The talented freshman guard averaged 8.7 points in the Shockers’ first three games. He complained of pain on the outside of his foot for about a week before the fracture was discovered.

Marshall indicated the timetable for recovery is 10 to 12 weeks.

Asked about the state of his backcourt, Marshall replied: “Depleted, short-handed, inexperienced other than Ron. We’re moving small forwards into the backcourt just to have enough guys. … To have Fred and then Landry go down is a lot for us to overcome.”

Then came the injury to Grady, by far the most serious.

The transfer from Cleveland State collided with an Alabama player in the final minutes of their game last week. Grady took a few steps before falling to the court, and teammates heard him say that he couldn’t move. He was loaded onto a stretcher and transported to an Orlando hospital, and CT scans and an MRI exam revealed that he had sustained a spinal concussion.

Grady was able to fly back to Wichita with the team, and the senior hopes to continue playing basketball. But for now, his immediate future involves rehabilitation.

“I don’t know if he’ll play again, or if so, then when,” Marshall said. “I’ll leave that up to the doctor’s decisions – his family, trainers and him.”

For now, the Shockers are forced to press on without him.

Without Shamet and VanVleet, too.

“Once we know who’s going to be out on the floor,” Marshall said, “we’ve got to come up with an attack that’s going to create easier scoring opportunities than the ones we’re getting. We’ve got to shoot the ball better and execute better. I hope we’re done with additional injuries. It seems like we’ve been going backward for a while.”

USC holds on to beat No. 20 Wichita State

Andy Enfield
Associated Press
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With guards Fred VanVleet and Landry Shamet both sidelined due to injury, No. 20 Wichita State arrived at the Advocare Invitational shorthanded. But even with that being the case the highly successful Shockers represented quite the opportunity for USC, and Thursday afternoon the Trojans took advantage.

Despite turning the ball over 23 times Andy Enfield’s team found a way to win, hanging on to beat the Shockers by the final score of 72-69. Freshman forward Bennie Boatwright, a tough matchup for most teams as a 6-foot-10 stretch forward who can score from the perimeter, shot 5-for-9 from three and scored a team-high (and career-high) 22 points.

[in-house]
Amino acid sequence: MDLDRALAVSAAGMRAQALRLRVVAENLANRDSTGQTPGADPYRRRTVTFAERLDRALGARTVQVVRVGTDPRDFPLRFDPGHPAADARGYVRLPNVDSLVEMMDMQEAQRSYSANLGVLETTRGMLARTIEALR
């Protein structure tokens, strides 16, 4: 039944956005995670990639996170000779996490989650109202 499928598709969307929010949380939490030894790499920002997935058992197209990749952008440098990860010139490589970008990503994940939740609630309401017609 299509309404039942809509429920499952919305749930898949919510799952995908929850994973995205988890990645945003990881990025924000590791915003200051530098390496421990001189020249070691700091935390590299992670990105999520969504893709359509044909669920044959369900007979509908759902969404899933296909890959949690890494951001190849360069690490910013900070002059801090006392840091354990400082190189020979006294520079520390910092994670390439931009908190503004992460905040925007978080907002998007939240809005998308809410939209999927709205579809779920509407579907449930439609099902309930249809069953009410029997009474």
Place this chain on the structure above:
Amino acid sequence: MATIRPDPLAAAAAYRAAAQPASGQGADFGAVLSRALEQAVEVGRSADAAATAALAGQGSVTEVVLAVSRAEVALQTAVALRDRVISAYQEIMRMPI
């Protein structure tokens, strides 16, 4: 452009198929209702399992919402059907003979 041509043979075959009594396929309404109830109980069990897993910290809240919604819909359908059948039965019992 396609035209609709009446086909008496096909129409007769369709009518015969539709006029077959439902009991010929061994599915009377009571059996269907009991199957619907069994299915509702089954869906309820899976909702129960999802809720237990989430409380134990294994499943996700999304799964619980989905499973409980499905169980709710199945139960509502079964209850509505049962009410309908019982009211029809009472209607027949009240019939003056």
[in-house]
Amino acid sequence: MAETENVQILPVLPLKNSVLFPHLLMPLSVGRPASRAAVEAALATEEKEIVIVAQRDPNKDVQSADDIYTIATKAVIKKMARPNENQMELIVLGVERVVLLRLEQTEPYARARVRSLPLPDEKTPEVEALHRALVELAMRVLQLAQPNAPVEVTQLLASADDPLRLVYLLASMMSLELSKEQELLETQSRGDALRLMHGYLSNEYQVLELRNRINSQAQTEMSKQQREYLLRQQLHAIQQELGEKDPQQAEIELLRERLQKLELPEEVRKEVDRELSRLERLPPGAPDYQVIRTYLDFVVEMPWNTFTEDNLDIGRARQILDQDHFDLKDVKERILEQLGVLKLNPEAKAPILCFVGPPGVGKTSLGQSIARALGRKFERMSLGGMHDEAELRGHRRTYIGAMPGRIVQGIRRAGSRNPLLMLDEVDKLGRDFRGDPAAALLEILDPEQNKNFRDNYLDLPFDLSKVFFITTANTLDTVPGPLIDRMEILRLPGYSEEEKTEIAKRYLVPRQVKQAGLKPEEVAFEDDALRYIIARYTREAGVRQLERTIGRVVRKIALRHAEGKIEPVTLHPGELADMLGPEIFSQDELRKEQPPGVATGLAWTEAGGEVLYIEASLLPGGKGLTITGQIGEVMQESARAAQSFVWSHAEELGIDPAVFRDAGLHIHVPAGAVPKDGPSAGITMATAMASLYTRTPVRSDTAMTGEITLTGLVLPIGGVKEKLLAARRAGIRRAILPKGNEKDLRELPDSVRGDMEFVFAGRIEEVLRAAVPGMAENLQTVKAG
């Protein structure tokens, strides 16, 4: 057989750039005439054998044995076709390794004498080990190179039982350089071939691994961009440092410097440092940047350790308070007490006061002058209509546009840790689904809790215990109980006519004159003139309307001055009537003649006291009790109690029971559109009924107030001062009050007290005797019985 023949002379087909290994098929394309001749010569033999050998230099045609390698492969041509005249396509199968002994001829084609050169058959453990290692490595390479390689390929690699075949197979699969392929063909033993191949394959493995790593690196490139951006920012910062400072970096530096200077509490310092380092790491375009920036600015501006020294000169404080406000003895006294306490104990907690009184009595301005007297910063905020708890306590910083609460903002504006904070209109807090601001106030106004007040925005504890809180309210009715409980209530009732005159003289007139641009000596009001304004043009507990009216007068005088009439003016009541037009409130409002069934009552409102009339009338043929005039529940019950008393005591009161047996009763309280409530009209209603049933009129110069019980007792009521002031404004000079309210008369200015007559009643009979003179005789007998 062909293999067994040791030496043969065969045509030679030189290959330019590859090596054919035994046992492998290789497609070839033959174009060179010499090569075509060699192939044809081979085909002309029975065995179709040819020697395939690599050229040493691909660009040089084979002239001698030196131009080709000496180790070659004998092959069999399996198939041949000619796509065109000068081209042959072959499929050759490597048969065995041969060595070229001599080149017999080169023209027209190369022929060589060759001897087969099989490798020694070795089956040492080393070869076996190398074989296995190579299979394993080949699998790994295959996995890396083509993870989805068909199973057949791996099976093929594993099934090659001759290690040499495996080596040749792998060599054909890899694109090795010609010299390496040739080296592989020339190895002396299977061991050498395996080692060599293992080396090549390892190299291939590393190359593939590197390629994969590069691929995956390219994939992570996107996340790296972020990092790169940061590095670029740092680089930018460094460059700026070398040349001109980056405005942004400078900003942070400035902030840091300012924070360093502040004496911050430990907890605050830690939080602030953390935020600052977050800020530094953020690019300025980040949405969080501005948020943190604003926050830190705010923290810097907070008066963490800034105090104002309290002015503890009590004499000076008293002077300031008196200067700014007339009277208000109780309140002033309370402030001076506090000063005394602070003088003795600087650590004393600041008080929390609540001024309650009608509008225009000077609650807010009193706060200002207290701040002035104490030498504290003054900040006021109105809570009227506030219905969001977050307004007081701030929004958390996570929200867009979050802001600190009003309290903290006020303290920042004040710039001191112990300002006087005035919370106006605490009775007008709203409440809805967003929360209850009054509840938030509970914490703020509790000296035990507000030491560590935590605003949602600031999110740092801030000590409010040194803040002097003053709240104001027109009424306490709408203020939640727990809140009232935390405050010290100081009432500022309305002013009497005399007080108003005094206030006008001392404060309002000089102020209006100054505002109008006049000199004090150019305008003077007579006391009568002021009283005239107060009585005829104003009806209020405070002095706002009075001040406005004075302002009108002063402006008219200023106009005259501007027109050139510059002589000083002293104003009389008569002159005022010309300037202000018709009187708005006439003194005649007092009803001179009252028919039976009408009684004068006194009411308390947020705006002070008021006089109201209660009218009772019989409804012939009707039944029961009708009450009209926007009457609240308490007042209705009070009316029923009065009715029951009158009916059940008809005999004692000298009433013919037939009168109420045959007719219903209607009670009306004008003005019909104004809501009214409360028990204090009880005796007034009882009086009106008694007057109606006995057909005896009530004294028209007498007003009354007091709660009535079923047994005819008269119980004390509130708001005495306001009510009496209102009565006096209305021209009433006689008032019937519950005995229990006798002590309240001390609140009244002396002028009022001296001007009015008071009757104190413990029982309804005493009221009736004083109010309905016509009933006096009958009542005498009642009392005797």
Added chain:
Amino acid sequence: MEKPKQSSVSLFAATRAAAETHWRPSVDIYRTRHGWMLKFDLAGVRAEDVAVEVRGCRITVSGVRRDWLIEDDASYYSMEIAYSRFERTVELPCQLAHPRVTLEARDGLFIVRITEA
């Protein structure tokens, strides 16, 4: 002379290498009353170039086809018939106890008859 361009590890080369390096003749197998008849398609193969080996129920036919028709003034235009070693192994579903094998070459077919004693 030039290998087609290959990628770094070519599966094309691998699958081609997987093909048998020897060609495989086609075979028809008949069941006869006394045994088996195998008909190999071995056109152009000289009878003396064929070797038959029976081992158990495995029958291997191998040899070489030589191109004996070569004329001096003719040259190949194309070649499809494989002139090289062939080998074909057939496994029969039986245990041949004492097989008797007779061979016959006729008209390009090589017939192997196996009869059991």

The tandem of he and junior Nikola Jovanovic, who added 14 points and 11 rebounds, outplayed the Wichita State front court on a day in which the Shockers needed greater contributions from those players. Add in 15 points and four assists from Jordan McLaughlin, ten points off the bench from Katin Reinhardt and a 12-for-23 afternoon from three, and the Trojans were able to do enough to make up for their high turnover count and Wichita State’s 24 points off of turnovers.

Given the absence of VanVleet and Shamet there’s no reason to panic regarding Wichita State. Ron Baker, who was exhausted by the end of the game due to the heavy load he was asked to shoulder, scored a game-high 25 points and the play of freshman Markis McDuffie was a positive to build on.

McDuffie, who entered Thursday’s game without a made field goal in his first two appearances as a Shocker, shot 5-for-9 from the field and contributed 14 points and three rebounds off the bench. With their current perimeter rotation being what it is McDuffie will have opportunities to contribute, and the Shockers will need him to take advantage as they await the returns of VanVleet and Shamet (and the addition of Conner Frankamp).

Doing so will not only help Wichita State in the short term but in the long-term as well, thus giving Gregg Marshall another option to call upon on his bench.

Thursday’s outcome, even with the desire to see more from Anton Grady (eight points, seven rebounds), says more about USC at this point in time than Wichita State. Enfield’s first two seasons at the helm were about amassing the talent needed to compete in the Pac-12 while also gaining valuable (and at times painful) experience. In year three the Trojans hope to take a step forward within the conference, and wins like this one provide evidence of the program’s growth.